For those with the good luck to miss it over the holidays, The New Yorker ran an exceptionally mean-spirited obituary of Judge Robert Bork. Jeffrey Toobin’s anti-eulogy (malogy?) starts with the considered evaluation: “Robert Bork, who died Wednesday, was an unrepentant reactionary who was on the wrong side of every major legal controversy of the twentieth century.”
It goes downhill from there.
Unless you enjoy seeing great men maligned and slandered by those who they outclass both personally and professionally, I don’t recommend reading it. However, if you want to read a point-by-point refutation of Toobin’s many inaccuracies and shameless mischaracterizations, I recommend this response at Ricochet.com. And if you are curious about how to respectfully but honestly disagree with someone in an obituary, you may enjoy those by Jeffrey Rosen or Akhil Reed Amar, who maintain civil discourse without abandoning their own liberal perspectives.
Rosen’s obituary in particular is notable for its admission that the new “normal” in judicial confirmations following the treatment of Judge Bork and Justice Thomas is a sad step backward in our political discourse:
“But even from the sidelines, as I celebrated Bork’s defeat, I remember feeling that the nominee was being treated unfairly. . . .”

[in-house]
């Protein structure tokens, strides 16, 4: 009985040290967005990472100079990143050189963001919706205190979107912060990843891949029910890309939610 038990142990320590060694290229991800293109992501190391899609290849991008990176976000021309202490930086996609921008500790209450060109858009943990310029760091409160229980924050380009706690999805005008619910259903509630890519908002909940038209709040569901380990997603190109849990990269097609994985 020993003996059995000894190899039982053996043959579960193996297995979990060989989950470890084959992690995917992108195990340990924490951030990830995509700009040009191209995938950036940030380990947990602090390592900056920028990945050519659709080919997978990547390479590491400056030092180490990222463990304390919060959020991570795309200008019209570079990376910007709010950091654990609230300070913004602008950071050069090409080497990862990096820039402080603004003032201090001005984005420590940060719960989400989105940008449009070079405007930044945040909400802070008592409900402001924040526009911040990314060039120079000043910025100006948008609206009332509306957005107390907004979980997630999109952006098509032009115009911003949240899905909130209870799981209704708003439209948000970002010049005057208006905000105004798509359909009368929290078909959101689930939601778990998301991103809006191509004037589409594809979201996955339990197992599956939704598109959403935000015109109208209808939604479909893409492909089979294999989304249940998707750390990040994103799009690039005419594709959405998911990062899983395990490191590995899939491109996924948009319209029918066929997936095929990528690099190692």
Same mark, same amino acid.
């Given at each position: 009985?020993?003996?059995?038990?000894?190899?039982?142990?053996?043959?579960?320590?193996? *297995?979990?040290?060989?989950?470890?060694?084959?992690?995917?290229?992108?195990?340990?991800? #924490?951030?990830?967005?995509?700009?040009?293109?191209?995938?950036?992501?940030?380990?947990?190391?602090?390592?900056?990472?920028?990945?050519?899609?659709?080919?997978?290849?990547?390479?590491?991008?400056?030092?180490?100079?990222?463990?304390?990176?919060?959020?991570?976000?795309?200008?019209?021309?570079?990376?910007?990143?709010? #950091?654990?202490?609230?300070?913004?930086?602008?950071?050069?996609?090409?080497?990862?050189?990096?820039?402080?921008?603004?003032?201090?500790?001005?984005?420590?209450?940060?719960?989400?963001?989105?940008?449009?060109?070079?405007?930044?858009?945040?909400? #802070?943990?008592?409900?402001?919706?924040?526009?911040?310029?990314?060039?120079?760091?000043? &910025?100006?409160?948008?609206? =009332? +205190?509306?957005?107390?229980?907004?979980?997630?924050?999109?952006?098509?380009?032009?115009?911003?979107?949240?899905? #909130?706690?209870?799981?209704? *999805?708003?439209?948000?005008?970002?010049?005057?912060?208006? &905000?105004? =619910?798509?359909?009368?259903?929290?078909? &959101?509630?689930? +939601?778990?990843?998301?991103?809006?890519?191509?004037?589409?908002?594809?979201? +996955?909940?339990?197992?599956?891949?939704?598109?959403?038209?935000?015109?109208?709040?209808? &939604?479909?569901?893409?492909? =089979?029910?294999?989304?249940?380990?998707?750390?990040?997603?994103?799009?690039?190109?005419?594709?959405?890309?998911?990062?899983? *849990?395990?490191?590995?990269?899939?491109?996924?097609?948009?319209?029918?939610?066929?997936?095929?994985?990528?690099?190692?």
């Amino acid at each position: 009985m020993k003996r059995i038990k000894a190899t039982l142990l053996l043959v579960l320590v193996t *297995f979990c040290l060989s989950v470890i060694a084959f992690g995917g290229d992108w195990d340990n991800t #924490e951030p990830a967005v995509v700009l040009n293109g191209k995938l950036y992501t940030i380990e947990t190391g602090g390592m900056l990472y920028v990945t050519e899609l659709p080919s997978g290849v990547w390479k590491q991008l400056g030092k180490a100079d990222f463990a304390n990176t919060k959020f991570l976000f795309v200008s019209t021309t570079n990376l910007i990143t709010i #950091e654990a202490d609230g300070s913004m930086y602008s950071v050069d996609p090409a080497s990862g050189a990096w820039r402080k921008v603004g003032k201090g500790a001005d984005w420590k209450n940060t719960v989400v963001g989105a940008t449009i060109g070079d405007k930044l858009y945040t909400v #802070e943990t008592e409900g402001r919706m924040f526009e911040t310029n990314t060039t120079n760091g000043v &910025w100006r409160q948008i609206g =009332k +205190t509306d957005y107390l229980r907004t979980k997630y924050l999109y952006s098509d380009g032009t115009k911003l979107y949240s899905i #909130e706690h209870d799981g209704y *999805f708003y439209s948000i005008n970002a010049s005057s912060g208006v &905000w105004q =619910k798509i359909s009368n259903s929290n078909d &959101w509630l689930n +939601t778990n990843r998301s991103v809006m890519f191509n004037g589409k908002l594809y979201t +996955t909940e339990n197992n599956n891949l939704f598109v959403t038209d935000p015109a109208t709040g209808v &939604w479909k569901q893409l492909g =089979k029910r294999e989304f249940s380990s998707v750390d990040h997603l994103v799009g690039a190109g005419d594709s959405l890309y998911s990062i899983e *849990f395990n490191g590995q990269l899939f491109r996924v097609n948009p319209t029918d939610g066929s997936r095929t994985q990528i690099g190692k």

“Bork’s record was distorted beyond recognition, and his name was transformed from a noun into a verb. The Borking of Bork was the beginning of the polarization of the confirmation process that has turned our courts into partisan war zones, resulting in more ideologically divided opinions and less intellectually adventurous nominees on the left and the right.”
If Judge Bork’s confirmation process represented a coarsening of our political discourse, then Toobin’s obituary signals a coarsening of our culture more generally. Far from hesitating to speak ill of the dead, Toobin takes “borking” to a new level of bad taste and cowardice by attacking a man on the very day of his death, when he can no longer defend himself. In the process, he makes Bork’s own words in the final chapter of Slouching Towards Gomorrah truly prophetic:
“But, for the immediate future, what we probably face is an increasingly vulgar, violent,chaotic, and politicized culture. Our hopes, our struggles, and our optimism must be for the long run. . . . As we approach its desolate and sordid precincts, the pessimism of the intellect tells us that Gomorrah is our probable destination. What is left to us is a determination not to accept that fate and the courage to resist it—the optimism of the will.”